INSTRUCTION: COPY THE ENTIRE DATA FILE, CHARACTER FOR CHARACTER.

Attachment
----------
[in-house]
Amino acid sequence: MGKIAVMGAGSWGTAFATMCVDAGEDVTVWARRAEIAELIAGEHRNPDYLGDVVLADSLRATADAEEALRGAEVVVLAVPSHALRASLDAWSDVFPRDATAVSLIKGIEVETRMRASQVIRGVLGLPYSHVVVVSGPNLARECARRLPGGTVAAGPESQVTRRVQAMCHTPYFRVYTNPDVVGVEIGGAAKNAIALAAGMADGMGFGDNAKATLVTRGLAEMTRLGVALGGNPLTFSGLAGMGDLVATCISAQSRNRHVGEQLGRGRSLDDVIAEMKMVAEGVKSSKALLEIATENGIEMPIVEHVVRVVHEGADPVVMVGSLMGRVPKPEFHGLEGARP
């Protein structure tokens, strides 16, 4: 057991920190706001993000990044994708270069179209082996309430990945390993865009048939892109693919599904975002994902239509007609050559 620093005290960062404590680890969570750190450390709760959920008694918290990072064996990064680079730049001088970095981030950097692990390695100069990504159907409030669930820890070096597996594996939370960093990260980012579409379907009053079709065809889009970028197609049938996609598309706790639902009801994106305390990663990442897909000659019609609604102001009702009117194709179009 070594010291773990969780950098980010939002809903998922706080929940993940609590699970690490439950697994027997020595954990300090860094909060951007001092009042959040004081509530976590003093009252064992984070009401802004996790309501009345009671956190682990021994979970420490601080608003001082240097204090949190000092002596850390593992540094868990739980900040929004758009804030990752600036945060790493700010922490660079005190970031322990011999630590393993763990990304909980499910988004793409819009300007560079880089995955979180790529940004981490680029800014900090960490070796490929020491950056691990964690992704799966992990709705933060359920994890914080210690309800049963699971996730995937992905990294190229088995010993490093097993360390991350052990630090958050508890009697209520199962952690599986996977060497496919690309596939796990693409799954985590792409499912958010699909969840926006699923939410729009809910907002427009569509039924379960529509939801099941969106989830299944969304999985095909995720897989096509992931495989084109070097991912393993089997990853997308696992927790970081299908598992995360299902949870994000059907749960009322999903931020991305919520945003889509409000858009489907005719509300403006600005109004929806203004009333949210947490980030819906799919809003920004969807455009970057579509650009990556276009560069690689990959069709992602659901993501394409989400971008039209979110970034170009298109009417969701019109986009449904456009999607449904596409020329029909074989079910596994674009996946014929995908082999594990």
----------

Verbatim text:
[in-house]
Amino acid sequence: MGKIAVMGAGSWGTAFATMCVDAGEDVTVWARRAEIAELIAGEHRNPDYLGDVVLADSLRATADAEEALRGAEVVVLAVPSHALRASLDAWSDVFPRDATAVSLIKGIEVETRMRASQVIRGVLGLPYSHVVVVSGPNLARECARRLPGGTVAAGPESQVTRRVQAMCHTPYFRVYTNPDVVGVEIGGAAKNAIALAAGMADGMGFGDNAKATLVTRGLAEMTRLGVALGGNPLTFSGLAGMGDLVATCISAQSRNRHVGEQLGRGRSLDDVIAEMKMVAEGVKSSKALLEIATENGIEMPIVEHVVRVVHEGADPVVMVGSLMGRVPKPEFHGLEGARP
């Protein structure tokens, strides 16, 4: 057991920190706001993000990044994708270069179209082996309430990945390993865009048939892109693919599904975002994902239509007609050559 620093005290960062404590680890969570750190450390709760959920008694918290990072064996990064680079730049001088970095981030950097692990390695100069990504159907409030669930820890070096597996594996939370960093990260980012579409379907009053079709065809889009970028197609049938996609598309706790639902009801994106305390990663990442897909000659019609609604102001009702009117194709179009 070594010291773990969780950098980010939002809903998922706080929940993940609590699970690490439950697994027997020595954990300090860094909060951007001092009042959040004081509530976590003093009252064992984070009401802004996790309501009345009671956190682990021994979970420490601080608003001082240097204090949190000092002596850390593992540094868990739980900040929004758009804030990752600036945060790493700010922490660079005190970031322990011999630590393993763990990304909980499910988004793409819009300007560079880089995955979180790529940004981490680029800014900090960490070796490929020491950056691990964690992704799966992990709705933060359920994890914080210690309800049963699971996730995937992905990294190229088995010993490093097993360390991350052990630090958050508890009697209520199962952690599986996977060497496919690309596939796990693409799954985590792409499912958010699909969840926006699923939410729009809910907002427009569509039924379960529509939801099941969106989830299944969304999985095909995720897989096509992931495989084109070097991912393993089997990853997308696992927790970081299908598992995360299902949870994000059907749960009322999903931020991305919520945003889509409000858009489907005719509300403006600005109004929806203004009333949210947490980030819906799919809003920004969807455009970057579509650009990556276009560069690689990959069709992602659901993501394409989400971008039209979110970034170009298109009417969701019109986009449904456009999607449904596409020329029909074989079910596994674009996946014929995908082999594990």